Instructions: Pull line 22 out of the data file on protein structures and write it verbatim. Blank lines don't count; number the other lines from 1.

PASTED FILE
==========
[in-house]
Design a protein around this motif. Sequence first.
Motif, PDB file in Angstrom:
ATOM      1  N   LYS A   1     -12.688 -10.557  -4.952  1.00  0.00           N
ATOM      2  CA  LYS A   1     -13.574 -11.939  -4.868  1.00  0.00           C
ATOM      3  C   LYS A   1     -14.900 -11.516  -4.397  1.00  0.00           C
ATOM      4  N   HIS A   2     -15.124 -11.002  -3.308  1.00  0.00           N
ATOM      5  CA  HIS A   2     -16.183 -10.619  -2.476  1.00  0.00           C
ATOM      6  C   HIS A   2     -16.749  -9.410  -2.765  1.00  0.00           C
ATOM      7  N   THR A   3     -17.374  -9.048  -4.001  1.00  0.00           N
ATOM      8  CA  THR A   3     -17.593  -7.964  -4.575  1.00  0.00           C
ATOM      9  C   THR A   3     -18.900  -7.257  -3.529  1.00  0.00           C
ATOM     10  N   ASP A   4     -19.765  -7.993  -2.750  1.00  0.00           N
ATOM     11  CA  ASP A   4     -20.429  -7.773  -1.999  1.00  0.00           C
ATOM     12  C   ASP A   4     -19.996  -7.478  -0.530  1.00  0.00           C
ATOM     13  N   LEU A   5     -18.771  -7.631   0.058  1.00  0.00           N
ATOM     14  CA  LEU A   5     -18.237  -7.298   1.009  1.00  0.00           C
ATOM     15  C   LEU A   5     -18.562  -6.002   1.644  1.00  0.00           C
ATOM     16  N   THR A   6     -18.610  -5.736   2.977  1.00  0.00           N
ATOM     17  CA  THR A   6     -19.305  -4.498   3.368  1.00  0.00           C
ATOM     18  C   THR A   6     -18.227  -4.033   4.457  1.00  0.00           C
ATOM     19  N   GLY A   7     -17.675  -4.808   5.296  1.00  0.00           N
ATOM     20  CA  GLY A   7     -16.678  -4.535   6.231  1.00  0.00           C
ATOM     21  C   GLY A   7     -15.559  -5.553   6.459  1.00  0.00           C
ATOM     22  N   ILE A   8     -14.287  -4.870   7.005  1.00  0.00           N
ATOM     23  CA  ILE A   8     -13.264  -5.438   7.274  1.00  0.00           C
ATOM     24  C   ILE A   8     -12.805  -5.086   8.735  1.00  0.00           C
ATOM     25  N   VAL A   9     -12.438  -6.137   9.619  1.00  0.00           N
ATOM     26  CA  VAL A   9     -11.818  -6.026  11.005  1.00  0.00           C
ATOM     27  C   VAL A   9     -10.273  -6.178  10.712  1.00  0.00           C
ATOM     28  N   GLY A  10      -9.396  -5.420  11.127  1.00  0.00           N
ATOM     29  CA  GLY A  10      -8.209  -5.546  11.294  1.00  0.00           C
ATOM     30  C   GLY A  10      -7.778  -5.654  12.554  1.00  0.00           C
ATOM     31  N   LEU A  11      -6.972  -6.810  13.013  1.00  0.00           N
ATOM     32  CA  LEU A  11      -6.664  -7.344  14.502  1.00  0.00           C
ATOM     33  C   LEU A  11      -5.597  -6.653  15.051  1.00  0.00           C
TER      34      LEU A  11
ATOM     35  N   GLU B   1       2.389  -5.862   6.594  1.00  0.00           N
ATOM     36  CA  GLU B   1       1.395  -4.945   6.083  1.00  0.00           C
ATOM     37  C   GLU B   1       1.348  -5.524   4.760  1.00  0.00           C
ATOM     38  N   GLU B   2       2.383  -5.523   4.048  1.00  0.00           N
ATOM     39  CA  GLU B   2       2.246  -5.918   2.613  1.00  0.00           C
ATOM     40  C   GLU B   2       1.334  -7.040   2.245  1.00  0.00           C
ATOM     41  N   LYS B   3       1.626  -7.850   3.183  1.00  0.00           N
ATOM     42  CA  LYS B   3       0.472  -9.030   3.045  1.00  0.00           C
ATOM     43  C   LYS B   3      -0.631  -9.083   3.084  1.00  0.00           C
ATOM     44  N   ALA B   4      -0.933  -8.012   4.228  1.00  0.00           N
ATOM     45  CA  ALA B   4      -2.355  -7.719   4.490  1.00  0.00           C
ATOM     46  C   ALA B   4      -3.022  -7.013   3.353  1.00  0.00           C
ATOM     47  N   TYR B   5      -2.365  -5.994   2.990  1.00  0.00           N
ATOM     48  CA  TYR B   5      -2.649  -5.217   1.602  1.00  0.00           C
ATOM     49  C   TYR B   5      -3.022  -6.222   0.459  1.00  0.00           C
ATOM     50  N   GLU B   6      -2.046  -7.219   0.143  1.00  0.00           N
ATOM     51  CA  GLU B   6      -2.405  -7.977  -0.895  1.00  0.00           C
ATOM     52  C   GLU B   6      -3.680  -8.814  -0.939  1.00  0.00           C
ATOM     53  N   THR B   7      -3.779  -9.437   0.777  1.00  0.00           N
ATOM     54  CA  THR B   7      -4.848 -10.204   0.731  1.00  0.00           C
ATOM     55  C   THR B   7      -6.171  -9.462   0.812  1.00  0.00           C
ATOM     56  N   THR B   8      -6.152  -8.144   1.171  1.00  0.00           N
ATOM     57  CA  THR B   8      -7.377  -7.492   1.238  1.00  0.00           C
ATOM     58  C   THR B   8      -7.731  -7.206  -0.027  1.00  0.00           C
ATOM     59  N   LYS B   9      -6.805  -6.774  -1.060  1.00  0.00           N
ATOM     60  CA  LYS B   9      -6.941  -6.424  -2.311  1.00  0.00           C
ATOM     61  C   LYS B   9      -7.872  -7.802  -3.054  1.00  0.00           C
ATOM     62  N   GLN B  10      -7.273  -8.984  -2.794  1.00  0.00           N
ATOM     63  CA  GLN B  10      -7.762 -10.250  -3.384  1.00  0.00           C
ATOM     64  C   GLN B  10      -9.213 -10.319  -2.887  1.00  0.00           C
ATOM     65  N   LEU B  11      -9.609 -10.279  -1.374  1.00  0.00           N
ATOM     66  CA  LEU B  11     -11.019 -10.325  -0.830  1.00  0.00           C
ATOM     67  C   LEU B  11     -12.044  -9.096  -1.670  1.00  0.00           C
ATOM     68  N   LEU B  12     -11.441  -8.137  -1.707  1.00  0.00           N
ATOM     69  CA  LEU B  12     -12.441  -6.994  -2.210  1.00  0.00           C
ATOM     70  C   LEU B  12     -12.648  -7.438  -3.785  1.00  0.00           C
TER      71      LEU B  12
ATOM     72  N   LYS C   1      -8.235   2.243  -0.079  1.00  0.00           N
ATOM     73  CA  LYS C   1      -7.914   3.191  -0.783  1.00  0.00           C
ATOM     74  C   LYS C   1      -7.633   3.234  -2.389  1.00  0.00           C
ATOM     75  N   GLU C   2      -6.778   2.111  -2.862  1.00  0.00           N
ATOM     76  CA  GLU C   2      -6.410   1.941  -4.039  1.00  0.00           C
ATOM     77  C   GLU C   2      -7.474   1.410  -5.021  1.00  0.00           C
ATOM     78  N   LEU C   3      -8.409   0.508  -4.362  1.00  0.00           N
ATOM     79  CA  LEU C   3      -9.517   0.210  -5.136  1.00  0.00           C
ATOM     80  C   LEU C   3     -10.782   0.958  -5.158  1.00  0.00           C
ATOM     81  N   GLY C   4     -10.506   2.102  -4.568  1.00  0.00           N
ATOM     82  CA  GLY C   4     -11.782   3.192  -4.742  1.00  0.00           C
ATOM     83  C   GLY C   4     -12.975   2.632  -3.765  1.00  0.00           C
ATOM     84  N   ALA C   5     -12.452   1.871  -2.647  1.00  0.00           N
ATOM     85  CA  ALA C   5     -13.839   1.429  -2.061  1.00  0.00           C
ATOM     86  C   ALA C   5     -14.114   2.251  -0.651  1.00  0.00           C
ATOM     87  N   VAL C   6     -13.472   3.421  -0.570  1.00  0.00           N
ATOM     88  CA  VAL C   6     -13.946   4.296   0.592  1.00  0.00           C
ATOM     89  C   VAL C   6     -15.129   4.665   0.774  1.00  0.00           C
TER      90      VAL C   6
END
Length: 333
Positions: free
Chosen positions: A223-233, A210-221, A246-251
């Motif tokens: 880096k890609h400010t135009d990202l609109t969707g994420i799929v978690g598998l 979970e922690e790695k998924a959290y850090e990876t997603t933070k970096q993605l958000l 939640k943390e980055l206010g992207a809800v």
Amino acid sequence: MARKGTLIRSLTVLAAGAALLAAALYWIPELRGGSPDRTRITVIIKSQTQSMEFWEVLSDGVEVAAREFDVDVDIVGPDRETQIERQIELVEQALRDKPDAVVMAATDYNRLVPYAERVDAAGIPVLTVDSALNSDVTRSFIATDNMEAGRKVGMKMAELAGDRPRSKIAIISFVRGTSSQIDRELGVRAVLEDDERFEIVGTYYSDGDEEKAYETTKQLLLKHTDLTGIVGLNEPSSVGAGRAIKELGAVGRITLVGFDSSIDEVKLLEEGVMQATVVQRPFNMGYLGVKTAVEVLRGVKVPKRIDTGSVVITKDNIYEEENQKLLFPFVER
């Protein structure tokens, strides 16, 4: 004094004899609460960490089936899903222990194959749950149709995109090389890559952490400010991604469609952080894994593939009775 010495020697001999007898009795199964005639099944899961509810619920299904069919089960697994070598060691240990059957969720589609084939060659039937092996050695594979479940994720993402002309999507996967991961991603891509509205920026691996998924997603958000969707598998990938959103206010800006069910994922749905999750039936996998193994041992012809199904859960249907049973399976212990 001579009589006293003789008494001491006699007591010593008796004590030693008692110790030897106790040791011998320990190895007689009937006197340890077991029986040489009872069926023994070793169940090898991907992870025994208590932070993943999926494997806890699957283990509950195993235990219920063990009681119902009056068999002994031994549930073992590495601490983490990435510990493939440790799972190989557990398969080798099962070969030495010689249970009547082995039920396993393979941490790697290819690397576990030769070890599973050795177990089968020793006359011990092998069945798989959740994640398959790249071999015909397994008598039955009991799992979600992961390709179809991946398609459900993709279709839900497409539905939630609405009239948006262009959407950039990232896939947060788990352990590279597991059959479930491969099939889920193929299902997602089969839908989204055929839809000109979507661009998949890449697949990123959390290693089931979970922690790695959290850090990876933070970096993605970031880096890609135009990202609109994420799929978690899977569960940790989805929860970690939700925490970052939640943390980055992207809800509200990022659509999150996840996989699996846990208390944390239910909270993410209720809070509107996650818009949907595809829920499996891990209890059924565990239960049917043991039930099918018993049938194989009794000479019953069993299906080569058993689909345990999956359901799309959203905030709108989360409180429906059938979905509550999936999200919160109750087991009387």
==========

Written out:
ATOM     19  N   GLY A   7     -17.675  -4.808   5.296  1.00  0.00           N